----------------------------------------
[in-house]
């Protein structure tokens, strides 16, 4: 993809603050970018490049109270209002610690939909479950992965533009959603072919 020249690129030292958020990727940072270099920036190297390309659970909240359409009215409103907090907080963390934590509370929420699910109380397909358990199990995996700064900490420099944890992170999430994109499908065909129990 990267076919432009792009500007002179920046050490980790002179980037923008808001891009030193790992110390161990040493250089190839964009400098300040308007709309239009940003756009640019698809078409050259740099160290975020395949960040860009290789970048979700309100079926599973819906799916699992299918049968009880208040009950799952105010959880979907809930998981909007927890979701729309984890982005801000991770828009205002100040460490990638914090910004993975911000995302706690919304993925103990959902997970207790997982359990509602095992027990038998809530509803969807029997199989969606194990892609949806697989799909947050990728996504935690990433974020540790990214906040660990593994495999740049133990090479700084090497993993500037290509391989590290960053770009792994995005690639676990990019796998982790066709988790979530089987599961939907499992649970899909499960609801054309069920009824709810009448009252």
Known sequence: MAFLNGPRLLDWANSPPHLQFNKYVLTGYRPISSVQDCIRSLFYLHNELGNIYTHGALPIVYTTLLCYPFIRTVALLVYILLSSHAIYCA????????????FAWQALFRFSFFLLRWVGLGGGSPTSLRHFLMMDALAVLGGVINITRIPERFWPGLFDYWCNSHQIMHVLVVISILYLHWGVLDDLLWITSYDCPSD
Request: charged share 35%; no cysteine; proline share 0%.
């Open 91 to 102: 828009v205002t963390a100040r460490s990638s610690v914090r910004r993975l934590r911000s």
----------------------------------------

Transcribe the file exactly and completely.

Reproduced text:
[in-house]
């Protein structure tokens, strides 16, 4: 993809603050970018490049109270209002610690939909479950992965533009959603072919 020249690129030292958020990727940072270099920036190297390309659970909240359409009215409103907090907080963390934590509370929420699910109380397909358990199990995996700064900490420099944890992170999430994109499908065909129990 990267076919432009792009500007002179920046050490980790002179980037923008808001891009030193790992110390161990040493250089190839964009400098300040308007709309239009940003756009640019698809078409050259740099160290975020395949960040860009290789970048979700309100079926599973819906799916699992299918049968009880208040009950799952105010959880979907809930998981909007927890979701729309984890982005801000991770828009205002100040460490990638914090910004993975911000995302706690919304993925103990959902997970207790997982359990509602095992027990038998809530509803969807029997199989969606194990892609949806697989799909947050990728996504935690990433974020540790990214906040660990593994495999740049133990090479700084090497993993500037290509391989590290960053770009792994995005690639676990990019796998982790066709988790979530089987599961939907499992649970899909499960609801054309069920009824709810009448009252």
Known sequence: MAFLNGPRLLDWANSPPHLQFNKYVLTGYRPISSVQDCIRSLFYLHNELGNIYTHGALPIVYTTLLCYPFIRTVALLVYILLSSHAIYCA????????????FAWQALFRFSFFLLRWVGLGGGSPTSLRHFLMMDALAVLGGVINITRIPERFWPGLFDYWCNSHQIMHVLVVISILYLHWGVLDDLLWITSYDCPSD
Request: charged share 35%; no cysteine; proline share 0%.
């Open 91 to 102: 828009v205002t963390a100040r460490s990638s610690v914090r910004r993975l934590r911000s």